I want to emphasize that our Sages are not engaging in cute word play here. The Hebrew language is held by our tradition to have an intimate relationship between the sounds, the words, and the various grammatical forms on the one hand, and their referents, i.e. the “real” objects they represent. Words are not arbitrary in Hebrew; rather, they capture in their vibratory qualities the basic vibratory qualities of the objects whose “names” they are. Thus, when our Sages liken part of our soul to part of Gd through a similar word, they are pointing out that on a very deep level, those two are the same thing in the sense that they have the same vibratory structure.
I think we can sum up our discussion very simply now. Terumah is the way by which Gd and human beings come closer together, and that coming closer together elevates both. We see this dynamic in our own relationships. It is by giving to one another that love grows and we come closer and closer together, and the forging of that bond elevates both partners. In the case of Gd’s relationship with us, the mutual giving, even if it is so terribly lopsided, brings us closer together and elevates both parties. Humans are obviously elevated by coming close to Gd. But Gd is also elevated, so to speak, by having a sanctuary where he can dwell in this imperfect world. No longer is Gd “confined” to the transcendent. Now He has assumed his rightful place as King over all he has created.

Commentary by Steve Sufian

Parshat Terumah
Terumah” means “gift”or “offering.”  In this parshah, Gd asks our ancestors to give a gift of an offering from their heart and then He gives the Great Gift of detailed instructions for building a Sanctuary so that our ancestors will see Him dwelling within the Sanctuary, so that He “may dwell in their midst.”  The detailed instructions make it clear that the Sanctuary is an expression of the same pattern that is present in the universe and in the human body. In the human body, for example, Gd created 248 limbs which correspond to the 248 positive commandments of the Bible – in the Sanctuary, there were 48 beams, 100 hooks and 100 loops.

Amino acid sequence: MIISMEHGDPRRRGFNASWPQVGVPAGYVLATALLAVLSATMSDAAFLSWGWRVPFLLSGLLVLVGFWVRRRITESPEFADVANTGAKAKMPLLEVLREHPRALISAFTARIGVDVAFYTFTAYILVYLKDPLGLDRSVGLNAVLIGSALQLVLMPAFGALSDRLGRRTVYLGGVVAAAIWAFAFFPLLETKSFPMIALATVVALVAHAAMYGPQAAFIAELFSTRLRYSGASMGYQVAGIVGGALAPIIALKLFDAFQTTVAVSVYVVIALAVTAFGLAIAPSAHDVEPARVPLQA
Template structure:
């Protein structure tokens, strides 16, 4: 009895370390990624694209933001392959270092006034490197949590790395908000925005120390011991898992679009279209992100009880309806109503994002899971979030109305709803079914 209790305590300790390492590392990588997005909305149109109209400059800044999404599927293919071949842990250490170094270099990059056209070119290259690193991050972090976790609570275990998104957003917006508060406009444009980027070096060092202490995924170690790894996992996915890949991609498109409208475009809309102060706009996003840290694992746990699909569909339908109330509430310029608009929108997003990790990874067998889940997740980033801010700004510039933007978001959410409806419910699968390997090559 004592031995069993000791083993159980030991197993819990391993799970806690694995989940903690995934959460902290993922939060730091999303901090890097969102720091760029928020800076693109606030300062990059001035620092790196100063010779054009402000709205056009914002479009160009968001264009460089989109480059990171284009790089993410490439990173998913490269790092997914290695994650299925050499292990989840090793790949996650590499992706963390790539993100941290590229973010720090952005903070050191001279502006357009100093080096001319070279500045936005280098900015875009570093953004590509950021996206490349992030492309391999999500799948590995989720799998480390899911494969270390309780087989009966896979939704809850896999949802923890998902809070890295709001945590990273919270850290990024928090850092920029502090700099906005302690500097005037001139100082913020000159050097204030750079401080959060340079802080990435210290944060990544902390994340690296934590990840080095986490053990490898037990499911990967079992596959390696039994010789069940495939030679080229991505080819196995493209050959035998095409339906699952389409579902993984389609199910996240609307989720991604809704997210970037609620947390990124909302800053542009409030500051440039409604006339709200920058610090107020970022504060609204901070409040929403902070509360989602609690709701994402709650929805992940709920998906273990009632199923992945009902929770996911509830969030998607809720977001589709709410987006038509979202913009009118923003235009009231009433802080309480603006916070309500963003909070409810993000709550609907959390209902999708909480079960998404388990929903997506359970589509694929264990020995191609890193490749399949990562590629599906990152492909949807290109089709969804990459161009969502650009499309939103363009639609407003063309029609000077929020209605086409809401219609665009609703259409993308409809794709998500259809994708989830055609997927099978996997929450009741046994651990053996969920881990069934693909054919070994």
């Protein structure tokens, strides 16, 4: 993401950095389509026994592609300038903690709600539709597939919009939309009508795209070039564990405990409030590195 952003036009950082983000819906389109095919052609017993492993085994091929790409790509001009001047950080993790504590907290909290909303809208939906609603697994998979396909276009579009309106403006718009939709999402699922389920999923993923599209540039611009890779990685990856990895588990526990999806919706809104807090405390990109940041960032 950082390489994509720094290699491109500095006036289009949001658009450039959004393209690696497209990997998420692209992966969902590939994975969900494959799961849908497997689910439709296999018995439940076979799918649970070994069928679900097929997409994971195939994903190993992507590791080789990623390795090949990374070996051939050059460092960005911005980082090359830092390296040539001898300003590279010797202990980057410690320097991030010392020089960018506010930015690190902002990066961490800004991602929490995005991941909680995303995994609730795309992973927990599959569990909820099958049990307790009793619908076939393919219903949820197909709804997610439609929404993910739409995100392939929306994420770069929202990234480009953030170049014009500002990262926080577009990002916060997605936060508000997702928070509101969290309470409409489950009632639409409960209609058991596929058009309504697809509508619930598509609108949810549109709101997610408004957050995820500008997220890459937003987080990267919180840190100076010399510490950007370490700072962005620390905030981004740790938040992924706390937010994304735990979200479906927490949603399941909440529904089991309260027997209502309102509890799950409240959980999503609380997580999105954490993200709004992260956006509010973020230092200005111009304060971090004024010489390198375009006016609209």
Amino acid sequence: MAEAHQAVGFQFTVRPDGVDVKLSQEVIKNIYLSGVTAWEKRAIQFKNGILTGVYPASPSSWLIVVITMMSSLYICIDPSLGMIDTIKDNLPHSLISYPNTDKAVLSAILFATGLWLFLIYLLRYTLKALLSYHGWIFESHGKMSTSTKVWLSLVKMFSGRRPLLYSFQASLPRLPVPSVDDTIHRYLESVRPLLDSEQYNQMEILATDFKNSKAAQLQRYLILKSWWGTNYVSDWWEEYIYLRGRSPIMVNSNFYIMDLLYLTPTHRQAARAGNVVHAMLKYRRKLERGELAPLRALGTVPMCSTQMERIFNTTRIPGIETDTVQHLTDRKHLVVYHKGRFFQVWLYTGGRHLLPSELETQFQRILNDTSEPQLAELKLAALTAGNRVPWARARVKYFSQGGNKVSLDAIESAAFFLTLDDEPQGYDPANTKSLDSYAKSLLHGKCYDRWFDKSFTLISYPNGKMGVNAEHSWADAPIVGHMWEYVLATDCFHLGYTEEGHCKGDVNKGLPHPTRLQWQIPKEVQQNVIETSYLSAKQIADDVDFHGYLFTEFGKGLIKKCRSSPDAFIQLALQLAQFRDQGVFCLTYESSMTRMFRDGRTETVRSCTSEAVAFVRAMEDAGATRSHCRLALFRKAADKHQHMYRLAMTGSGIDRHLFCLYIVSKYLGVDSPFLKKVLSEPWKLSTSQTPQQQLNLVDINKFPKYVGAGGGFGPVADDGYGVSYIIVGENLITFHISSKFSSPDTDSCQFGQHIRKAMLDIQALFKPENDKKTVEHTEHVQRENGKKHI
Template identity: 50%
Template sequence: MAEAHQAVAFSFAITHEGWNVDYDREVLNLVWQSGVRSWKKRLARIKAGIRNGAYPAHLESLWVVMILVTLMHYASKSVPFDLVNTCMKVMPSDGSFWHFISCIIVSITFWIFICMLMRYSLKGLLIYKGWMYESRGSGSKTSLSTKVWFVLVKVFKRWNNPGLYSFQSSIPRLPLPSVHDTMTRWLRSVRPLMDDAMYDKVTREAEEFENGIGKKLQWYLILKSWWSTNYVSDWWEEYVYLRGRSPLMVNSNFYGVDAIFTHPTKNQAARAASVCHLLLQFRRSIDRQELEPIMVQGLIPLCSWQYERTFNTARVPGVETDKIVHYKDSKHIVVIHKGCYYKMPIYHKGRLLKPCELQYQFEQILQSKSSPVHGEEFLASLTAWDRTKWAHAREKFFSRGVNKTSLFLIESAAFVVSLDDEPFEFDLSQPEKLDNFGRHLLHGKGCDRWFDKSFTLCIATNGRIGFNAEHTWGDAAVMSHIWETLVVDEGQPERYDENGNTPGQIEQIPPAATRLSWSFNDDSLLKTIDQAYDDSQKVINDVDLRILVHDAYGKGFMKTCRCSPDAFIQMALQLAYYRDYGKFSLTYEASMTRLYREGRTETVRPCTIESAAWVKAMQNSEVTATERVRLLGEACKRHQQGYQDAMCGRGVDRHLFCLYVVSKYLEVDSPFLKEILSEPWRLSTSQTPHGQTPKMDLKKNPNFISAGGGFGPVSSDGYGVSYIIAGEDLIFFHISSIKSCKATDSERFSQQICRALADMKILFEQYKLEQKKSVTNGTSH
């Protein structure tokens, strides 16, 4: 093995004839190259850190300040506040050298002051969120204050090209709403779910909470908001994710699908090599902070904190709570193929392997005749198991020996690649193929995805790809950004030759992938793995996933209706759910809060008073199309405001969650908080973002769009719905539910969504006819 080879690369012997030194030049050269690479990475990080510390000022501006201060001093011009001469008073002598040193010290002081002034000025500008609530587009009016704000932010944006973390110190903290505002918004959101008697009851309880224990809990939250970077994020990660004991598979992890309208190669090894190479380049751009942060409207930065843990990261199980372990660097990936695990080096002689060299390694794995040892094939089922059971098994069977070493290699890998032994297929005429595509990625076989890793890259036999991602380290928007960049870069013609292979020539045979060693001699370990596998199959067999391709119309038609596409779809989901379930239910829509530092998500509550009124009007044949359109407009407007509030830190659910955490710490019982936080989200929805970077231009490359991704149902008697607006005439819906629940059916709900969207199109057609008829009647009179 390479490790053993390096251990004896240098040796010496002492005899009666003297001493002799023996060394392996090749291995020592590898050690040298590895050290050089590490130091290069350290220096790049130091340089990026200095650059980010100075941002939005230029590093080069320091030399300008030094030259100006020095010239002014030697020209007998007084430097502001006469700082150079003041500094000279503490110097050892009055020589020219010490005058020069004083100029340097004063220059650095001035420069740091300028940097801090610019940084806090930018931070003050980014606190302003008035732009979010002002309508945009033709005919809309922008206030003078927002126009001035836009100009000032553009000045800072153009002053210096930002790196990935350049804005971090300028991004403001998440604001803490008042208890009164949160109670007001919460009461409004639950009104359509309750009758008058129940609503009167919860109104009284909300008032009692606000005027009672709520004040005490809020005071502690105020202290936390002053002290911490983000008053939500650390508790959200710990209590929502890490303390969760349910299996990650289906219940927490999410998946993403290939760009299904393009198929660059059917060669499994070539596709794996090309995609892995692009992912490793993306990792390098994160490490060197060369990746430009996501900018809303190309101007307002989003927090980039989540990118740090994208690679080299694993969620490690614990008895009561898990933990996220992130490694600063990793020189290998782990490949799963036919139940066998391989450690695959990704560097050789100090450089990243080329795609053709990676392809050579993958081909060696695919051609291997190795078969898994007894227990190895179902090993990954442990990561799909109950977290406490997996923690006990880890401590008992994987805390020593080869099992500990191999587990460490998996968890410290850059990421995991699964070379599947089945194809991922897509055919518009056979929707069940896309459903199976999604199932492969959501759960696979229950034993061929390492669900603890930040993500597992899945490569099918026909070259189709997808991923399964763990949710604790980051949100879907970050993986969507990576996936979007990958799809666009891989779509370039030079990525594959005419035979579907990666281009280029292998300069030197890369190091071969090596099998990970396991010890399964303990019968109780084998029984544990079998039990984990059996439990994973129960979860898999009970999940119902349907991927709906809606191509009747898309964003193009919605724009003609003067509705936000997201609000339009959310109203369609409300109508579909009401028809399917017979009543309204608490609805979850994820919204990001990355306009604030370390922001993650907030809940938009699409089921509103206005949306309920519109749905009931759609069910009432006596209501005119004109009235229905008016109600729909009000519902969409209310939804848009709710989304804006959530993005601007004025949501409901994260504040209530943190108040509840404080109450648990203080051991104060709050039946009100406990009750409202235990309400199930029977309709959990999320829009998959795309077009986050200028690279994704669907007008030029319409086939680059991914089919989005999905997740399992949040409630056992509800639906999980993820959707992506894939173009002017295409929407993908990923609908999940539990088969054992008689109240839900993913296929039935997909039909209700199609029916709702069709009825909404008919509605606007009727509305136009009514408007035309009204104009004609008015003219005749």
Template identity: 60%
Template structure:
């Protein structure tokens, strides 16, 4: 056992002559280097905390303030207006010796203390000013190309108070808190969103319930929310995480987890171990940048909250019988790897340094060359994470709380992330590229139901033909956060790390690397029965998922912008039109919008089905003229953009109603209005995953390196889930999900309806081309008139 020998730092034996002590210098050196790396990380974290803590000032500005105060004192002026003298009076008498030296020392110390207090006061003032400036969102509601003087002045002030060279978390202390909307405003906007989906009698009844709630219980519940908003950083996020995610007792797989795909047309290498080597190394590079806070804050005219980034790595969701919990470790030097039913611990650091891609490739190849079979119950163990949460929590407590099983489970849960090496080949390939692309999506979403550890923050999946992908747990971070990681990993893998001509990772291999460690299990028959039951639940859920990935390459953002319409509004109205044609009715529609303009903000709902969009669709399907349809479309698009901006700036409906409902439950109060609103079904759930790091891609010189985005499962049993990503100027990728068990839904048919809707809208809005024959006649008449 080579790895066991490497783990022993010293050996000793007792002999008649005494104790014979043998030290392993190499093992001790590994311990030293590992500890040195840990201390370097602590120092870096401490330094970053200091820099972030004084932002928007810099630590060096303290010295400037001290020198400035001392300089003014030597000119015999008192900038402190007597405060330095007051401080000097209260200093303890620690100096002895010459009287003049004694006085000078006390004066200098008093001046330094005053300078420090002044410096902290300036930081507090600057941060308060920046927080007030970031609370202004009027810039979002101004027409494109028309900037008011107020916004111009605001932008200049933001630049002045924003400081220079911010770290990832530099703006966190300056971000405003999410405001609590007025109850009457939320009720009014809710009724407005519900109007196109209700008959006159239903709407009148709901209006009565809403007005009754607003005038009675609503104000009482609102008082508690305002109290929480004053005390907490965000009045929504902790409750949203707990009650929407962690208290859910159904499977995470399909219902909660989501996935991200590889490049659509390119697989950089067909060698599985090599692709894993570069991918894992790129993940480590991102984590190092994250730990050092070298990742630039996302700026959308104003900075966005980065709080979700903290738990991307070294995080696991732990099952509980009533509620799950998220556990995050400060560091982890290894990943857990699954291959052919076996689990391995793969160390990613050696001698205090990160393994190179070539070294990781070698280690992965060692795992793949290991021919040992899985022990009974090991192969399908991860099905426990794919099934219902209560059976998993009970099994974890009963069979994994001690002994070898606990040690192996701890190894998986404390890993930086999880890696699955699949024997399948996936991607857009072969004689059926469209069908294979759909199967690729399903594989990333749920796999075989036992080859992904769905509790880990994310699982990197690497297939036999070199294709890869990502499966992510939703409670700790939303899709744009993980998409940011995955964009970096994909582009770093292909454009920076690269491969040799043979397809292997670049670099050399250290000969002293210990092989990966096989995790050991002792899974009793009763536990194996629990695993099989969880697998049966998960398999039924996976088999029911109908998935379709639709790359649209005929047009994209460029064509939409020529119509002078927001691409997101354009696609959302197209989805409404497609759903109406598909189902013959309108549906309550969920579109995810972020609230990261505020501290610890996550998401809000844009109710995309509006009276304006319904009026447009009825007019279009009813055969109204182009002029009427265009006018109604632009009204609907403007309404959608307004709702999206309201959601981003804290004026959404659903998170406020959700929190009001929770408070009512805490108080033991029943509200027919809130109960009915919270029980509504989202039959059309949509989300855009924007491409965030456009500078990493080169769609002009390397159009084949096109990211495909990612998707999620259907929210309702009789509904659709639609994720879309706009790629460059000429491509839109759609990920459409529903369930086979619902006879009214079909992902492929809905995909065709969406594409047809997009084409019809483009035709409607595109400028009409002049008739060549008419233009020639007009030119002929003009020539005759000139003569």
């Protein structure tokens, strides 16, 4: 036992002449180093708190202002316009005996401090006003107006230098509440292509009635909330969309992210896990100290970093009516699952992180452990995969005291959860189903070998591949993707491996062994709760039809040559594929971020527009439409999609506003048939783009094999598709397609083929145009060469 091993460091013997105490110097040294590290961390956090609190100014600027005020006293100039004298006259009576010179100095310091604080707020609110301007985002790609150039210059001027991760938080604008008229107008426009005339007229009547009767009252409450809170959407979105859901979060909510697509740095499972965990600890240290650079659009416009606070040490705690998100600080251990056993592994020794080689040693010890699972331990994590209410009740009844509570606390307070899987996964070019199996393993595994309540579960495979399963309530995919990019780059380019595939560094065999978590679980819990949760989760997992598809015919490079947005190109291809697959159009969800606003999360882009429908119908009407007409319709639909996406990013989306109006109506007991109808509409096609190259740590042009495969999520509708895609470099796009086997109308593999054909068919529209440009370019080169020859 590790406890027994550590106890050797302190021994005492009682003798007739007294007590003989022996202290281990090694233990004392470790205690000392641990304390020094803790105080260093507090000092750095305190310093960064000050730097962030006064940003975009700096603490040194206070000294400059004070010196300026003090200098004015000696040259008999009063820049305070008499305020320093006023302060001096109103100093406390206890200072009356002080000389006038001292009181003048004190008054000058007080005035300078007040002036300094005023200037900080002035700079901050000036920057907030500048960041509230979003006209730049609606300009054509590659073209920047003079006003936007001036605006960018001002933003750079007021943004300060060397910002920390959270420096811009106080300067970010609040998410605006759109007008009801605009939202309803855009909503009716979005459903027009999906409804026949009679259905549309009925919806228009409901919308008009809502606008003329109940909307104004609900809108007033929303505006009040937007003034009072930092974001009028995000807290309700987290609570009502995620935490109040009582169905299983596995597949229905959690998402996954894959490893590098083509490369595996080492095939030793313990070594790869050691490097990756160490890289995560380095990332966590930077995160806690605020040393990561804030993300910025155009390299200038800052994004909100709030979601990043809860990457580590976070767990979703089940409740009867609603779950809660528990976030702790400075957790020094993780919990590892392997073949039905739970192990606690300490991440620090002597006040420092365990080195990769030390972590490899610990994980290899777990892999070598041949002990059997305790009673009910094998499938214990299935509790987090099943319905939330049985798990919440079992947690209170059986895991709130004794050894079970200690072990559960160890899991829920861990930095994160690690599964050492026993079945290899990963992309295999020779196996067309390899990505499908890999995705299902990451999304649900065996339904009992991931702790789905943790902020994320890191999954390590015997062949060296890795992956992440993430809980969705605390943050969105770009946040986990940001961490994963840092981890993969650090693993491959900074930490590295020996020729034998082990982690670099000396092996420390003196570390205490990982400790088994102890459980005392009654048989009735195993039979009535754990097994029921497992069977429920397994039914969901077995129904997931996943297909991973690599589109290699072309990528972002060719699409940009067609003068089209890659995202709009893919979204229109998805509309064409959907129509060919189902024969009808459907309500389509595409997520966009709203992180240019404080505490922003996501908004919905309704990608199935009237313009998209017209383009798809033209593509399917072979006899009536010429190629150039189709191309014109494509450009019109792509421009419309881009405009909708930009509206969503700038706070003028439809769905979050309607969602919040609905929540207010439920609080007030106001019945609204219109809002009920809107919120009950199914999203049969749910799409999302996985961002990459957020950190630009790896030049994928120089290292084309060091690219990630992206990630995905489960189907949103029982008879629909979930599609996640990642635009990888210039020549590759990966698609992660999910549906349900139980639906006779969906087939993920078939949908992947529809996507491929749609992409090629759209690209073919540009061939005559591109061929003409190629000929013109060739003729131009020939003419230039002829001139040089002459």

Obviously, Gd is Everywhere, Omnipresent – He dwells everywhere so this statement “may dwell in their midst” means that the harmony between their open hearts and the Sanctuary created in part by their offerings will be so great it will resonate with the personalities and physiologies of all who enter, even our ancestors who just a few days before were terrified by the sound of the Lord’s voice.
Neither modern synagogues – for example, Beth Shalom – nor modern homes seem to be built according to the plan of the Sanctuary so what can we do in order to be aware of Gd’s dwelling within our synagogues, our homes, our minds, feelings, egos, bodies?
The key seems to be in Gd’s command to Moses:
“Speak to the children of Israel, and have them take for Me an offering; from every person whose heart inspires him to generosity, you shall take My offering.”
By behaving with generosity to all, we make offerings to Gd because “love thy neighbor as thyself – Self – “is inextricably intertwined with “love the Lord, thy Gd, with all thy heart, with all thy soul and with all thy might.”
Another way to make offerings to Gd and to be aware of Gd’s Presence is through the daily prayers of our religion: waking, morning, afternoon, evening and bedtime. These have the value of opening our hearts even though we may be fatigued or stressed and the Joy of Gd’s Presence enters into the words and to our awareness.
A third way is to come to our synagogue: personally, I feel magnetically drawn to our synagogue, especially to the Torah Scrolls and so I come regularly.
Whatever way we can offer to Gd, let us offer and let us be fully aware of Gd’s Presence dwelling within us and around us.
Baruch HaShem